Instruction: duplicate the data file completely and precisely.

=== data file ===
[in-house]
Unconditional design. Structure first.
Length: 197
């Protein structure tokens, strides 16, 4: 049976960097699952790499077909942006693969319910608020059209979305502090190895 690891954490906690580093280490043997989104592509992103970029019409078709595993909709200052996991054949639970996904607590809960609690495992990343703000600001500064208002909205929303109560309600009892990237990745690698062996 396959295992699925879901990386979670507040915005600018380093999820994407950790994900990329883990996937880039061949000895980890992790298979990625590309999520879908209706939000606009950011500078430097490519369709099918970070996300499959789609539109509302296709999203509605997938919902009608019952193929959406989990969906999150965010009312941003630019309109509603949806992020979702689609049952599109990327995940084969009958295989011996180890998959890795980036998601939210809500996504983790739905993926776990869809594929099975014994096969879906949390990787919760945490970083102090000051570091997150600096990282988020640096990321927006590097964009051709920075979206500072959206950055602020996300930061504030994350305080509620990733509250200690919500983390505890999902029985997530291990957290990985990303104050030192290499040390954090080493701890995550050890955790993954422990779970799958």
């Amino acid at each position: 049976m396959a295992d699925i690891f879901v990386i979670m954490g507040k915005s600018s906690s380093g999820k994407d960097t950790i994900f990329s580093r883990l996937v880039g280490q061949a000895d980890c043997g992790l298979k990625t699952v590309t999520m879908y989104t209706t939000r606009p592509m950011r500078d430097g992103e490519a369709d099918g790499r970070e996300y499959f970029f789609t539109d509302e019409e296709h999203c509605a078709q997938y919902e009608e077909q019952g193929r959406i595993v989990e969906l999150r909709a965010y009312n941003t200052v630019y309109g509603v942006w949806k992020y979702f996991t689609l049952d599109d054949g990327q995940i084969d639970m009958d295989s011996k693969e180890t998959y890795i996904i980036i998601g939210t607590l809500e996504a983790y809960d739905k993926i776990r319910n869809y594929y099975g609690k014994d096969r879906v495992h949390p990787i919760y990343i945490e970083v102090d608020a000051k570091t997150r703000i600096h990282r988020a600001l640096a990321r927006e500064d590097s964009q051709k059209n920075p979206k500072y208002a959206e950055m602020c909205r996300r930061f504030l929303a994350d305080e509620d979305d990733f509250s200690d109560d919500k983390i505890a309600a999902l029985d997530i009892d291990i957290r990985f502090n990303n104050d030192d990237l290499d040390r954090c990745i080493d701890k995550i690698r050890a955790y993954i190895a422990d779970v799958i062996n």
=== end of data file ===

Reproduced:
[in-house]
Unconditional design. Structure first.
Length: 197
């Protein structure tokens, strides 16, 4: 049976960097699952790499077909942006693969319910608020059209979305502090190895 690891954490906690580093280490043997989104592509992103970029019409078709595993909709200052996991054949639970996904607590809960609690495992990343703000600001500064208002909205929303109560309600009892990237990745690698062996 396959295992699925879901990386979670507040915005600018380093999820994407950790994900990329883990996937880039061949000895980890992790298979990625590309999520879908209706939000606009950011500078430097490519369709099918970070996300499959789609539109509302296709999203509605997938919902009608019952193929959406989990969906999150965010009312941003630019309109509603949806992020979702689609049952599109990327995940084969009958295989011996180890998959890795980036998601939210809500996504983790739905993926776990869809594929099975014994096969879906949390990787919760945490970083102090000051570091997150600096990282988020640096990321927006590097964009051709920075979206500072959206950055602020996300930061504030994350305080509620990733509250200690919500983390505890999902029985997530291990957290990985990303104050030192290499040390954090080493701890995550050890955790993954422990779970799958």
């Amino acid at each position: 049976m396959a295992d699925i690891f879901v990386i979670m954490g507040k915005s600018s906690s380093g999820k994407d960097t950790i994900f990329s580093r883990l996937v880039g280490q061949a000895d980890c043997g992790l298979k990625t699952v590309t999520m879908y989104t209706t939000r606009p592509m950011r500078d430097g992103e490519a369709d099918g790499r970070e996300y499959f970029f789609t539109d509302e019409e296709h999203c509605a078709q997938y919902e009608e077909q019952g193929r959406i595993v989990e969906l999150r909709a965010y009312n941003t200052v630019y309109g509603v942006w949806k992020y979702f996991t689609l049952d599109d054949g990327q995940i084969d639970m009958d295989s011996k693969e180890t998959y890795i996904i980036i998601g939210t607590l809500e996504a983790y809960d739905k993926i776990r319910n869809y594929y099975g609690k014994d096969r879906v495992h949390p990787i919760y990343i945490e970083v102090d608020a000051k570091t997150r703000i600096h990282r988020a600001l640096a990321r927006e500064d590097s964009q051709k059209n920075p979206k500072y208002a959206e950055m602020c909205r996300r930061f504030l929303a994350d305080e509620d979305d990733f509250s200690d109560d919500k983390i505890a309600a999902l029985d997530i009892d291990i957290r990985f502090n990303n104050d030192d990237l290499d040390r954090c990745i080493d701890k995550i690698r050890a955790y993954i190895a422990d779970v799958i062996n």